In this Section
Strongbolt 1.x Installation Notes
Troubleshooting strongbolt 1 installation
Updating the ROM
Identify your ROM type
Strongbolt 1 forum
Strongbolt FAQ
CentOS3 BlueQuartz Howto
Strongbolt Compatibility
Tips and Tricks
SB1 kernel update
SANTA CLARA, CA -- May 13, 2002 -- Sun Microsystems, Inc. is making the delivery of network applications simpler and more affordable than ever with the introduction of the Sun Cobalt RaQ(tm) 550 server appliance.
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The Strongbolt2 ROM
With the arrival of Strongbolt2, we have a new ROM for Cobalt servers.
The new ROM is based on the source from, but modified to include a 2.6 kernel. The reason for this is to facillitate booting from USB and support for extra hardware.
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Strongbolt 2 upgrade released
A new year sees a completely new release of Strongbolt.
The Strongbolt2 upgrade is an easy process that just involves installing a couple of packages through the package management interface (bluelinq).
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Support from OS Office is nothing short of amazing.
Finding companies that stand behind their products these days can be challenging, but the staff at OS Office proves they still exist.
I continue to be stunned by their response times and outstanding service.
Jim Murray
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Tips and Tricks

Tips and Tricks

Rebuilding a RAID set

The following example assumes that you have a failed hdc drive, which you have now replaced.
If you have a failed hda drive, reverse the drives.


This command dumps the hda partition structure to a text file:

 sfdisk -d /dev/hda > /tmp/hda.out

This command tells hdc to use that configuration to clone the part sizes:

 sfdisk /dev/hdc < /tmp/hda.out

We now have the parts cloned, and we are ready to re-build the RAID set:

mdadm --add /dev/md1 /dev/hdc1
mdadm --add /dev/md2 /dev/hdc2
mdadm --add /dev/md3 /dev/hdc3
mdadm --add /dev/md5 /dev/hdc5
mdadm --add /dev/md6 /dev/hdc6

The RAID will rebuild now


Server administration Tips and Tricks

One of our customers has recently been compromised by an unknown party.

Several thousand html and php files were compromised to include malicious code :

 The code that was added was as follows:


Whatever the purpose of this iframe, whether it was browser theft, or a dormant popup advert campaign, it was not welcome.

 If you have any similar infected files please see the following:

First Sweep (cleans html files)

for i in $(find / \( -name "*.html" -o -name "*.php" \); do perl -p -i -e 's///' $i; done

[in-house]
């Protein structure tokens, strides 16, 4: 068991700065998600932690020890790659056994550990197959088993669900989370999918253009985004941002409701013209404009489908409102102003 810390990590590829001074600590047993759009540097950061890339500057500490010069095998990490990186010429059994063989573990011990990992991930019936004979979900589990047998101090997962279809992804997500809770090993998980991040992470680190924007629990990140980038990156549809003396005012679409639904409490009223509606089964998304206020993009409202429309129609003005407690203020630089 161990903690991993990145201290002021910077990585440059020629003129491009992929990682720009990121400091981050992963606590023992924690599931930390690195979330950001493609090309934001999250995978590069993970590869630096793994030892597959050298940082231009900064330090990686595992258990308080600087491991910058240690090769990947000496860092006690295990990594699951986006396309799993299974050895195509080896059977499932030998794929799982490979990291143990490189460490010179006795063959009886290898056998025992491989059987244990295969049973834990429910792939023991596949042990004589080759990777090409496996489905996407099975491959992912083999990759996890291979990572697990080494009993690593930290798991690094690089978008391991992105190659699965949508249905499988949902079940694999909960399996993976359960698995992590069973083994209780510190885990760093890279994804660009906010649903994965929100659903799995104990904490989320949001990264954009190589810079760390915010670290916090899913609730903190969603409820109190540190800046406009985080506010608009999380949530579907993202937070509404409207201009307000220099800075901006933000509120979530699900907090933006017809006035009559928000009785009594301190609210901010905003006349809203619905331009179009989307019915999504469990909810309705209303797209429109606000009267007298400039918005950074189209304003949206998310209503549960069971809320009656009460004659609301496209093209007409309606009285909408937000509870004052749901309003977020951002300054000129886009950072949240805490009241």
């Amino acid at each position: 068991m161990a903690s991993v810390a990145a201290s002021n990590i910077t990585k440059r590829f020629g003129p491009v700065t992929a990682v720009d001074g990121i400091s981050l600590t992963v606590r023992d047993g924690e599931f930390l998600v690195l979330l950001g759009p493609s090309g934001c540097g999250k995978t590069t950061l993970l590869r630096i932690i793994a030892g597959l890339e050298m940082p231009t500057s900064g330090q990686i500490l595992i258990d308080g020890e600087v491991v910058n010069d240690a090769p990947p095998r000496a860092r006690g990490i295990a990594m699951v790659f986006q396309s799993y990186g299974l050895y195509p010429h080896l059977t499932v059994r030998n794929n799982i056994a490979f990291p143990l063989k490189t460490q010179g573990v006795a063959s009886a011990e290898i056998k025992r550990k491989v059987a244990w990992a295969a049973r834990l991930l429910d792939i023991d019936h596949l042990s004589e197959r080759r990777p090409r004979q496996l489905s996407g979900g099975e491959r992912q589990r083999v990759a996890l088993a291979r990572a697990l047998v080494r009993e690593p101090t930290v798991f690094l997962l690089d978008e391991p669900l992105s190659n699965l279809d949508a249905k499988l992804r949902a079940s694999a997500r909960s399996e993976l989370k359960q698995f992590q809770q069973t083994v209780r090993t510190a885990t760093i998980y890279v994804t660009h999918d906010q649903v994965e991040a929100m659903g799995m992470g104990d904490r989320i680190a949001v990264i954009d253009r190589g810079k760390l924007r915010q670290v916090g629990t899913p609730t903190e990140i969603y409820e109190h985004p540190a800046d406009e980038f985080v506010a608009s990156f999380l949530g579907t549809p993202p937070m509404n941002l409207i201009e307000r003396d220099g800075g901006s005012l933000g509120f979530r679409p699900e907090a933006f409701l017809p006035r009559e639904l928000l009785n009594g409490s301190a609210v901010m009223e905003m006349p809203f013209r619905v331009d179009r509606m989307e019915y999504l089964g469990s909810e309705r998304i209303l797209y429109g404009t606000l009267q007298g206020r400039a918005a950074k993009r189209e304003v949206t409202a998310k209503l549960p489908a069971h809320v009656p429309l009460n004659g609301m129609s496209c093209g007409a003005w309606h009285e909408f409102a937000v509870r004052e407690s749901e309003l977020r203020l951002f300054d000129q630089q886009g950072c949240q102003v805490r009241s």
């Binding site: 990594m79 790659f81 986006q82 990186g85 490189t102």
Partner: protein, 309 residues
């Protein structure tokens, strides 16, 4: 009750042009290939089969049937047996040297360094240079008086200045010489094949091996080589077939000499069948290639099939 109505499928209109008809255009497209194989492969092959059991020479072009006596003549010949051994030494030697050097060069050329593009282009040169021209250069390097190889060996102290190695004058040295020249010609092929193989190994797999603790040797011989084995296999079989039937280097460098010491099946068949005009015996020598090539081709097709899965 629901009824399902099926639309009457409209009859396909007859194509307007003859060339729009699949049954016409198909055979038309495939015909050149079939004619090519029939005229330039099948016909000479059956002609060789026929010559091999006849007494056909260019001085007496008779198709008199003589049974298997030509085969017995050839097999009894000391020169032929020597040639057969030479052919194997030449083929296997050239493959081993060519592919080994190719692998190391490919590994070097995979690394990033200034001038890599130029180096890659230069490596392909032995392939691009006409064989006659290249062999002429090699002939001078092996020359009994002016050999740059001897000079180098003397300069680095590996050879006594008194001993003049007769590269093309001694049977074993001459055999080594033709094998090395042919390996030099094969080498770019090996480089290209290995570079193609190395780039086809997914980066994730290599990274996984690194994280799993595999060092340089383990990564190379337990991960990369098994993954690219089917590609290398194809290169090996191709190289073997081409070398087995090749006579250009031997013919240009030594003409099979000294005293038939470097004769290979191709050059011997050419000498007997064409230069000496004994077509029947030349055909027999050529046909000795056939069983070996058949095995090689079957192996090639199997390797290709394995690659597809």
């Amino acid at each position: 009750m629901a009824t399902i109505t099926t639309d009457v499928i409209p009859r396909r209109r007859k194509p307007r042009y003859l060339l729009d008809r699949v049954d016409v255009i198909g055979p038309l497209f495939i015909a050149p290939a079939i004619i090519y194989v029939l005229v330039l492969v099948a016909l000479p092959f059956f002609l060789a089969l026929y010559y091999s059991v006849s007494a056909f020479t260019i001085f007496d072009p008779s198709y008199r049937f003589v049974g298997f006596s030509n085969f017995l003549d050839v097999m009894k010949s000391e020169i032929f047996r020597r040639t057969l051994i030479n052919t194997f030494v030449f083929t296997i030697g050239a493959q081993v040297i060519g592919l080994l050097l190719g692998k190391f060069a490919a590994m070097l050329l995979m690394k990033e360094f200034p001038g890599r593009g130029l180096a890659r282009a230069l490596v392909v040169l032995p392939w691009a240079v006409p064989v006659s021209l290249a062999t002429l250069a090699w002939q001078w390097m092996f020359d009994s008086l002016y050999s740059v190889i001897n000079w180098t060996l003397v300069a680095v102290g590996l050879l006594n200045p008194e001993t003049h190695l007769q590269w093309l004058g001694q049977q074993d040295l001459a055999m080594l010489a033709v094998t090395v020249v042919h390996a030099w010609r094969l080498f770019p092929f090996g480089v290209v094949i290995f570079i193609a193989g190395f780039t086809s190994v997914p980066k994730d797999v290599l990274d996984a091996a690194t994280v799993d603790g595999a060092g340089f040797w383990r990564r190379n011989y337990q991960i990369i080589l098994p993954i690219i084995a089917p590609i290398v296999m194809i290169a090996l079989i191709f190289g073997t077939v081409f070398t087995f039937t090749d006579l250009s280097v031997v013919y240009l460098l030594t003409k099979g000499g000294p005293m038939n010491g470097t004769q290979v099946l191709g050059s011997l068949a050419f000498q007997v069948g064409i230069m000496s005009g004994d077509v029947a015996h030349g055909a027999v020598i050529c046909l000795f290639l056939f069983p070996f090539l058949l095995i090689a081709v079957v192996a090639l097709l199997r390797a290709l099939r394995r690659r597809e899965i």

Second Sweep (Cleans PHP files)

for i in $(find / \( -name "*.html" -o -name "*.php" \);do perl -p -i -e 's/echo \"\";//g' $i; done

This should clean the affected files and remove the unwanted code.

Restricting access to your servers' services

There are several ways to restrict and allow access to your servers services; firewalls, configuration directives and more.

One popular way to restrict access to your Unix or Linux machine, is to modify the /etc/hosts.allow and /etc/host.deny files. These files are used by the tcpd (tcp wrapper) and sshd programs to decide whether or not to accept a connection coming in from another IP address. We recommend that to start with, you restrict access to only those network addresses you are certain should be allowed access. The following example files allow connections from any address in the network domain, but no others.

Be very careful with these files. As the wrong configuration will lock you out of your server!!


# hosts.allow This file describes the names of the hosts which are
# allowed to use the local INET services, as decided
# by the '/usr/sbin/tcpd' server.
# Make sure that you are careful with this file, as misconfiguration can
# lock you out of your server.
# Only allow connections within the domain.


The following file controls which hosts are denied access to services./etc/hosts.deny file content. With this configuration, access to your machine from all hosts is denied, except for those specified in hosts.allow.


# hosts.deny This file describes the names of the hosts which are
# *not* allowed to use the local INET services, as decided
# by the '/usr/sbin/tcpd' server.
# deny all by default, only allowing hosts or domains listed in hosts.allow.
# ALL: ALL # This will prevent access to all services except the ones
# described in the hosts.allow file

sshd: All

Log Files

As a general rule, its a good idea to Check Your Log Files Regularly. These files can indicate whether or not someone is trying to break into your server. They can also help to highlight the services which may be vulnerable to penetration.

You can find the log files in the /var/log directory. The following files are worth checking:

* /var/log/messages general system messages
* /var/log/secure connections to the machine
* /var/log/wtmp log of user logins (read by 'last').